While feeling different from past films thanks to its location and character archetypes, the film never lets you forget its roots. The film plays out how you would expect; characters find a creepy book made of flesh, its incantations get read, people get possessed and all hell breaks loose. There’s even quite a few callbacks to past films, whether it be iconic quotes or repurposed scenes, like instead of having a demon trapped under a cellar door, this one is locked out of the apartment. At times the film feels a bit too reliant on the past, opting for cheeky callbacks rather than fully committing to doing its own things. Little nods and winks are fine, I just think it had a good thing going with its new setting that I wished it would have kept trying to be more unique. There’s also a metric ton of “Chekhov’s gun” type hints towards certain objects coming into play later. Depending on how you feel about this trope you may find yourself less surprised than you’d like when the foreshadowing is this obvious, but it can still be a bit of fun.
But I can be a bit more forgiving when the film does its best to honor the legacy of its predecessors by sticking with a reliance on practical effects. If there were digital effects at work here, it’s certainly hard to tell. The film’s use of prosthetics, fake blood, and gruesomely severed body parts go a long way in maintaining the brutal nature of the original. Glass penetrates skin from the inside, eyeballs get sucked out of skulls, cheese graters are ripped across legs, and scalps are ripped clean off. It’s all fairly gnarly, though I do have to say the 2013 may still hold the title of most viscerally disturbing when it comes to the gore. Nonetheless, the practical effects here are still top notch, with bucket loads of blood to spill. And like the other films, there’s one big demon to take on at the end, with this one being more interesting than the Abomination from the previous film, though not as nutty as Henrietta’s final form from 2. Still I love the design of the creature, feeling very inspired by The Thing, I just wish we could have seen a bit more of it.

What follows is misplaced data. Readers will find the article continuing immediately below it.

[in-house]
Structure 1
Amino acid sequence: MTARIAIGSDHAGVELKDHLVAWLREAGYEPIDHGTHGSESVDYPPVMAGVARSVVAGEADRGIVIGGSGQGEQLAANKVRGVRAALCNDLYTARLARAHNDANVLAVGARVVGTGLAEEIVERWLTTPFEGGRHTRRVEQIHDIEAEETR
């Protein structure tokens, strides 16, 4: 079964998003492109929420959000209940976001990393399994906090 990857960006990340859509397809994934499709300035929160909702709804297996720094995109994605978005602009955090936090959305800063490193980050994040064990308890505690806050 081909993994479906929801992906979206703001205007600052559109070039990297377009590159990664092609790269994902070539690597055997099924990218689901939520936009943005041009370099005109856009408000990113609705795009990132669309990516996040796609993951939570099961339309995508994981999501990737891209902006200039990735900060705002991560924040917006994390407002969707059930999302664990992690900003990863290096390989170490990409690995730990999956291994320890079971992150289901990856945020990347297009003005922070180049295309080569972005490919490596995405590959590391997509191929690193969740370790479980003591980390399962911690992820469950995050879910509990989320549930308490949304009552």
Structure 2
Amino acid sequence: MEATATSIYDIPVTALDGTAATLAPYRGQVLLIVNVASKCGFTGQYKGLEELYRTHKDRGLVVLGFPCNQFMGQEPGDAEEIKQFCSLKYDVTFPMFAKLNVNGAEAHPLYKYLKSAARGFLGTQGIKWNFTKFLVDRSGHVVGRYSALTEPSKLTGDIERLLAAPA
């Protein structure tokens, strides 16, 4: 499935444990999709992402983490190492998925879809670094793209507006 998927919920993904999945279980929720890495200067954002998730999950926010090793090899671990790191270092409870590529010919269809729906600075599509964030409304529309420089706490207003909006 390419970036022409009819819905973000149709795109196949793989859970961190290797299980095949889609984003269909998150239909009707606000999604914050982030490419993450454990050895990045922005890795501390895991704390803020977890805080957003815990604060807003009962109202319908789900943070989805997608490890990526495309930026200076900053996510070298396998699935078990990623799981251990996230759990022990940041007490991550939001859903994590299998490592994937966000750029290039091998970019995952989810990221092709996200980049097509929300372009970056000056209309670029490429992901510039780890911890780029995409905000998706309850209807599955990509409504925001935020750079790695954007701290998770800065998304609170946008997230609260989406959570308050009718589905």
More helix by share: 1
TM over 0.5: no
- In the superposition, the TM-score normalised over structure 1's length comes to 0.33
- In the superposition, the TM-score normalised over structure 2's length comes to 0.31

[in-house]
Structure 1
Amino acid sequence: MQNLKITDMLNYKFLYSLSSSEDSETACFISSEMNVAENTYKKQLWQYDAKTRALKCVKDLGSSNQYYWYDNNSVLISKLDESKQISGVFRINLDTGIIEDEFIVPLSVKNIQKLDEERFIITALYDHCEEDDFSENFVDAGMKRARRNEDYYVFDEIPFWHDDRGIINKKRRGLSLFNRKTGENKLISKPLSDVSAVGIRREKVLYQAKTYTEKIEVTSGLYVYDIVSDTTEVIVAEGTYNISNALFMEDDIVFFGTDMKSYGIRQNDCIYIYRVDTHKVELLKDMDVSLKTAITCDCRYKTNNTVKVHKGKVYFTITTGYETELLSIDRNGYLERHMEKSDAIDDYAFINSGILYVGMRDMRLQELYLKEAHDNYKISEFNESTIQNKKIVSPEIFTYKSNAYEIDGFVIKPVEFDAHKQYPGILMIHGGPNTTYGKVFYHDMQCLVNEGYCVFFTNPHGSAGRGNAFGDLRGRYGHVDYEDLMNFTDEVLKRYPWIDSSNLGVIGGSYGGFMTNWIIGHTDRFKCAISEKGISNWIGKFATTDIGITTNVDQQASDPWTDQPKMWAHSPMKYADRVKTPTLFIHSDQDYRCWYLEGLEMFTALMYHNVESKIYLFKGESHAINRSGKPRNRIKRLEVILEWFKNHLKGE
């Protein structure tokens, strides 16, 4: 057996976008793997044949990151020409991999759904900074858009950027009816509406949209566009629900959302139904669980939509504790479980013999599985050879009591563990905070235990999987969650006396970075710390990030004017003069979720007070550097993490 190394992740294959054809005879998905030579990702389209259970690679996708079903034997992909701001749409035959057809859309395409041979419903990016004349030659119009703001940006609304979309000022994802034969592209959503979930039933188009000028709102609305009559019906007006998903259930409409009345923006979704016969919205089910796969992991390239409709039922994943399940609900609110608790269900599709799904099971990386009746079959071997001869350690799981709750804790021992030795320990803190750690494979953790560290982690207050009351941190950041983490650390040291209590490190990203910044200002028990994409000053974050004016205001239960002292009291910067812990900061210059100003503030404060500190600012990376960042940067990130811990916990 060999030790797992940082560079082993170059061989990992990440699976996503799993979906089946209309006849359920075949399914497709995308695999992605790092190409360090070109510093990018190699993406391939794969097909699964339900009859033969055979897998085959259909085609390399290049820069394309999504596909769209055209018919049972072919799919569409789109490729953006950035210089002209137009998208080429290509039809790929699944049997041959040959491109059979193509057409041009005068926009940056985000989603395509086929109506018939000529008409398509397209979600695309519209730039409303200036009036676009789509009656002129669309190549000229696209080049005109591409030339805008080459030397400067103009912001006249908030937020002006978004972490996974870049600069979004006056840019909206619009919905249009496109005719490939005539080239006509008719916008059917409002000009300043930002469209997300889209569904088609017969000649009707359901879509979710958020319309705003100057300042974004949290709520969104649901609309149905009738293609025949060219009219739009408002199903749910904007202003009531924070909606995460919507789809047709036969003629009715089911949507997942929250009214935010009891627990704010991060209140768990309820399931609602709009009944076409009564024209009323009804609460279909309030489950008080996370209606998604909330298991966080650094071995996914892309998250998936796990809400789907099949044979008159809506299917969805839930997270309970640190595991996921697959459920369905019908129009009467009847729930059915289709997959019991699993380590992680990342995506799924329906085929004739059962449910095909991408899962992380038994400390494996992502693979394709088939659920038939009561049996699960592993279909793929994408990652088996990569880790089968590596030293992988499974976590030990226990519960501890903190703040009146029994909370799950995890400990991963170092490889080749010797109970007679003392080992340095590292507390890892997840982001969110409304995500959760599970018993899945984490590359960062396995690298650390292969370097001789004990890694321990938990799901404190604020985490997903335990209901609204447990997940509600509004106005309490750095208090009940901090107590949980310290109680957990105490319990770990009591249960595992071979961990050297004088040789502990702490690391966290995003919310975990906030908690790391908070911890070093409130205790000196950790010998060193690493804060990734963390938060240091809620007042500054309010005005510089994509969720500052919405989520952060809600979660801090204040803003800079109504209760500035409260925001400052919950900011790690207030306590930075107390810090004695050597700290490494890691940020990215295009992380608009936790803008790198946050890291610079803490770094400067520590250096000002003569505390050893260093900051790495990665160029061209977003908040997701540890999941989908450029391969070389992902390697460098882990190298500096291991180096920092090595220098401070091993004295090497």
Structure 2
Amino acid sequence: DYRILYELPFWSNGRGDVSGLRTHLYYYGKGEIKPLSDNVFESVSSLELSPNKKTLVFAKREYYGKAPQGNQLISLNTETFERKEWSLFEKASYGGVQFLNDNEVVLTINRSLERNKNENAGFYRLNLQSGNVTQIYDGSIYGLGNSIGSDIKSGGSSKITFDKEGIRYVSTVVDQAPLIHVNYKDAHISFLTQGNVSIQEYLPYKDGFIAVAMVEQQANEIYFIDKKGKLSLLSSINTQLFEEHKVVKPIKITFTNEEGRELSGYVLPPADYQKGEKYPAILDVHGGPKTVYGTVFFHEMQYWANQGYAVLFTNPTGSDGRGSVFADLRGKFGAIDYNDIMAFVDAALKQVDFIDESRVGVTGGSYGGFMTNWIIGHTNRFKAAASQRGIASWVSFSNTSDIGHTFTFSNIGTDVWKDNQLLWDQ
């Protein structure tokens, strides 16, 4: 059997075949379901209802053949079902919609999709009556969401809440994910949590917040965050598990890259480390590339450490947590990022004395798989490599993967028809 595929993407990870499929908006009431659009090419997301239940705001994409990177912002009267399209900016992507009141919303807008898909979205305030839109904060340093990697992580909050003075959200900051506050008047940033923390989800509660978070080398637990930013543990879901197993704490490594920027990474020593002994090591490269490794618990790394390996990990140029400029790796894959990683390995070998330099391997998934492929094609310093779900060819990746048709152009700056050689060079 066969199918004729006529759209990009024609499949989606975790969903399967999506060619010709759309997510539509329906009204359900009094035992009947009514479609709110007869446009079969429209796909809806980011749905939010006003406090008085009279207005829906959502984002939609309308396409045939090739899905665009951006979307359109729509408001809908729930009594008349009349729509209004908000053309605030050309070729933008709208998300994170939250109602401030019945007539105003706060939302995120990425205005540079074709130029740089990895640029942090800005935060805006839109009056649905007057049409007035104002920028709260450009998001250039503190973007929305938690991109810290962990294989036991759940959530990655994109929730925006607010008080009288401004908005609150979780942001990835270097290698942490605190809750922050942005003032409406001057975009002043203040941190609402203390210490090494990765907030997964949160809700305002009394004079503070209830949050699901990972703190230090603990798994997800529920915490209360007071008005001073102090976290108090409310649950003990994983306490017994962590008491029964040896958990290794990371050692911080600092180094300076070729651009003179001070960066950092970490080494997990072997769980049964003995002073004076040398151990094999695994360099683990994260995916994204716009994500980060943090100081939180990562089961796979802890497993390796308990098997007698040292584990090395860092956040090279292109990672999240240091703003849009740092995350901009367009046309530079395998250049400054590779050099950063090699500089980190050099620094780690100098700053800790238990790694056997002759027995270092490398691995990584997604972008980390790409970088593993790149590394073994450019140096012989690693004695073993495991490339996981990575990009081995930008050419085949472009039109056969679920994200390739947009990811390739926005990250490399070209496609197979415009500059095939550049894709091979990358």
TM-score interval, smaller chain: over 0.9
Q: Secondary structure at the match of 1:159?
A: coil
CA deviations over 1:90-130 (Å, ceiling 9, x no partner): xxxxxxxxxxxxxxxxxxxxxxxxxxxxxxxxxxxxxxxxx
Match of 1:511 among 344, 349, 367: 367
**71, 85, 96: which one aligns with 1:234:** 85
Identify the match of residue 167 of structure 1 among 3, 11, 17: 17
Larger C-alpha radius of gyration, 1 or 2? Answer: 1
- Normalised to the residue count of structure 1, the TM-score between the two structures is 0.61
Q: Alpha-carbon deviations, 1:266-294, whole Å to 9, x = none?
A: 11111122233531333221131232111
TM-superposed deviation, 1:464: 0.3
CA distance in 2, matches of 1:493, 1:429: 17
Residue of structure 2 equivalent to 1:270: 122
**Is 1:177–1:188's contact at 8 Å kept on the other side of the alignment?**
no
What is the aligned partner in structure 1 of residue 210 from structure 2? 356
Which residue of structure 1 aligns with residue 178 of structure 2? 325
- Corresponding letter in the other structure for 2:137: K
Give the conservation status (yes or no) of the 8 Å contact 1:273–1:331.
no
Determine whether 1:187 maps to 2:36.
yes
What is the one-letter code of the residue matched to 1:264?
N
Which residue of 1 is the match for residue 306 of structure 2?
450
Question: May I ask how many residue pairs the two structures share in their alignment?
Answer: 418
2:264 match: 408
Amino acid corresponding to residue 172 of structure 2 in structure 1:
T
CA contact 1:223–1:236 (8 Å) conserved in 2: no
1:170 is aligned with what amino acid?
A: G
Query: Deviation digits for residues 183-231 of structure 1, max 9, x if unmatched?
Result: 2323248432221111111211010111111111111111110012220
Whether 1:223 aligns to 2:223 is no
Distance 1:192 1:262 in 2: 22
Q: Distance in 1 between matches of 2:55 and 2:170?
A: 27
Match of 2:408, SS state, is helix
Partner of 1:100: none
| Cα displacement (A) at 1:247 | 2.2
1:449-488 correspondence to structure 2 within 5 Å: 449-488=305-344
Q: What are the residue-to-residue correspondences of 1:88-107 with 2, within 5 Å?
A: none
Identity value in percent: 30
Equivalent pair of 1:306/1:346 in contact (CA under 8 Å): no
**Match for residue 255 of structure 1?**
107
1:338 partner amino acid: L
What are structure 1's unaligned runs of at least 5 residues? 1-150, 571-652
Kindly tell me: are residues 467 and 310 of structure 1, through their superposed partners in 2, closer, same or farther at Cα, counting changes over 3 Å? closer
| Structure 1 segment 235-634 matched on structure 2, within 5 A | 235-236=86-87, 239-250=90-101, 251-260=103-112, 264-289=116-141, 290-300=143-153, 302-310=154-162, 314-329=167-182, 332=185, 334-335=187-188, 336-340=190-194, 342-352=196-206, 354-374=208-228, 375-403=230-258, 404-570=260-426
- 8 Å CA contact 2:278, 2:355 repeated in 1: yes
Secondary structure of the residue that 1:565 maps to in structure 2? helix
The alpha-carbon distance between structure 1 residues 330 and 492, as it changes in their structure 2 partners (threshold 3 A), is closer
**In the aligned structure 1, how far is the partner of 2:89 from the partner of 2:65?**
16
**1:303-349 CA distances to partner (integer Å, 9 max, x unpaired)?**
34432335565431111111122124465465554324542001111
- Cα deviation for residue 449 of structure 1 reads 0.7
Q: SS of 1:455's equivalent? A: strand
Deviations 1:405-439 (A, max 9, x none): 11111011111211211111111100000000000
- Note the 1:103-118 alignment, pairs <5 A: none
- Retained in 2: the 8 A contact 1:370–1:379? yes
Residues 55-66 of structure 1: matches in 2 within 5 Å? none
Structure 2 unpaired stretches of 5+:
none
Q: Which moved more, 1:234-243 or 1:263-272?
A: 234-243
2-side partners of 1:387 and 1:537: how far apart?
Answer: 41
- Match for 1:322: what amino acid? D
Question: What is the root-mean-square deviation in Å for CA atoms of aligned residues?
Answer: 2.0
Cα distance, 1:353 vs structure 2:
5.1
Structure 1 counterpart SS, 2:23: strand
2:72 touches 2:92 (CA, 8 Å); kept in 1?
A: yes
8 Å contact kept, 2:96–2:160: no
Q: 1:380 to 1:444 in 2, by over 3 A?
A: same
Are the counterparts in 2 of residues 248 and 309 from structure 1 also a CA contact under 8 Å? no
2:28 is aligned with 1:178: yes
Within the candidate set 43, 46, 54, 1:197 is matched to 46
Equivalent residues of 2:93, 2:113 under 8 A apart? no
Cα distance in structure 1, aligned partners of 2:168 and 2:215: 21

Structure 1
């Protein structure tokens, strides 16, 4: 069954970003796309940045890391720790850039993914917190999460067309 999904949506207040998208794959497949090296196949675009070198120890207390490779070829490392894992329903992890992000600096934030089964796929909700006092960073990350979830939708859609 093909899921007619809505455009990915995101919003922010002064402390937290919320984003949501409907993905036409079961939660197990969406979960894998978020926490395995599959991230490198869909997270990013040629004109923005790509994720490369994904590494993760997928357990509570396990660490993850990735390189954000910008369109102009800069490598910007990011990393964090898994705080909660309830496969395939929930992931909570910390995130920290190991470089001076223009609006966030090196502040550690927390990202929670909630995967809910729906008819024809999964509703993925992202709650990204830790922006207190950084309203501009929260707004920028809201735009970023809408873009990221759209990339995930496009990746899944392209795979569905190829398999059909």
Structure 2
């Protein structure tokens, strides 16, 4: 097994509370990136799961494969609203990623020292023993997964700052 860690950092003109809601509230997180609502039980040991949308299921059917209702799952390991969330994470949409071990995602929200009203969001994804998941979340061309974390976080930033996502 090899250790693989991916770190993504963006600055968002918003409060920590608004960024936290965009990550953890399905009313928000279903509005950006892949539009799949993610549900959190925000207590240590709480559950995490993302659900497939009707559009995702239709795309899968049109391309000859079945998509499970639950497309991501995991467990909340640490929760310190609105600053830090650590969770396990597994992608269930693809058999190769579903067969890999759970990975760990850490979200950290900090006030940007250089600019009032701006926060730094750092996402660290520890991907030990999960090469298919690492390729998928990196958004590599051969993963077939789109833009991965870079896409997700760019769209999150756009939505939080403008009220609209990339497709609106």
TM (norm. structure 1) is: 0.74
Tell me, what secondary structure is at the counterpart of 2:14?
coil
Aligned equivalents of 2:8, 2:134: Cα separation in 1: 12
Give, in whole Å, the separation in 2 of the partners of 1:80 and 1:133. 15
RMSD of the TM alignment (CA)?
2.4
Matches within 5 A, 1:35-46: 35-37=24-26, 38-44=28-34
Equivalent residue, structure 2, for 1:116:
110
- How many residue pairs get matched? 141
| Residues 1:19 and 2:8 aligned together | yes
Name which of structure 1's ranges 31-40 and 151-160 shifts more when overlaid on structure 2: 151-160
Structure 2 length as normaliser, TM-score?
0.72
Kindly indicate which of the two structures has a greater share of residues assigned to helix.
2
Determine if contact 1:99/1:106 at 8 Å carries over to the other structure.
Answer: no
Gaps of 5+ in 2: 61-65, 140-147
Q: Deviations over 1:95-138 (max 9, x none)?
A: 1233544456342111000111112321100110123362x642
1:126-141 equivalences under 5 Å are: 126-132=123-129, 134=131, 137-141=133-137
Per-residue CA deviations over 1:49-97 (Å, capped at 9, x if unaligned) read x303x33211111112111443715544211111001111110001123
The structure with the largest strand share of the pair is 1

Evil Dead Rise honestly feels like a pretty comfortable middle ground between Raimi’s loony classic and Alvarez’s grim and mean retelling. While it doesn’t really lean into the goofiness as much as the classics, there’s still a bit of dark humor lurking underneath, and while it can feel rather conventional compared to the depressing grindhouse nature of the 2013 film, Rise does make some bold choices for the franchise and doesn’t hold back on being viscerally uncomfortable. Overall I had a great time with this, with Evil Dead continuing to cement its status as a horror franchise with no skips. Groovy indeed.
Sour of the Dead
The Necronomicon aka the Book of the Dead is a pivitol artificat across all Evil Dead media. The flesh-bound book contains incantations that, when read, unleashes the Deadites upon any unlucky soul in the vacinity. When adapting the iconic book into a drink, I opted to use dark spirits such as rum and coffee liqueur to give it its…fleshy complection. As I was developing it further, I thought it would be neat to turn it into a sour-style cocktail, complete with egg white and lemon juice. This gives the drink an interesting flavor pairing of tart and rich notes, a frothy, desserty body, and a solid head of foam that allowed me to give stenciling another try. Utilizing a sheet of cardstock paper, i crafted the tortured face of the book to add a creative dusting of cinnamon to the top. The drink is a deliciously complex and incredibly pleasing to conjure; no klaatu barada nikto needed!
- 1.5oz dark rum
- 1oz coffee liqueur
- 1/4oz Amaretto
- 1/2oz cinnamon simple syrup
- 3/4oz lemon Juice
- 1 egg White
- Top: Cinnamon
- Optional: Book of the Dead stencil
- Add ingredients to a shaker and dry shake without ice for about 15-20 seconds.
- Add ice to shaker and shake to chill.
- Strain into a coup glass.
- Use the stencil to gently dust the top of the cocktail to create your image.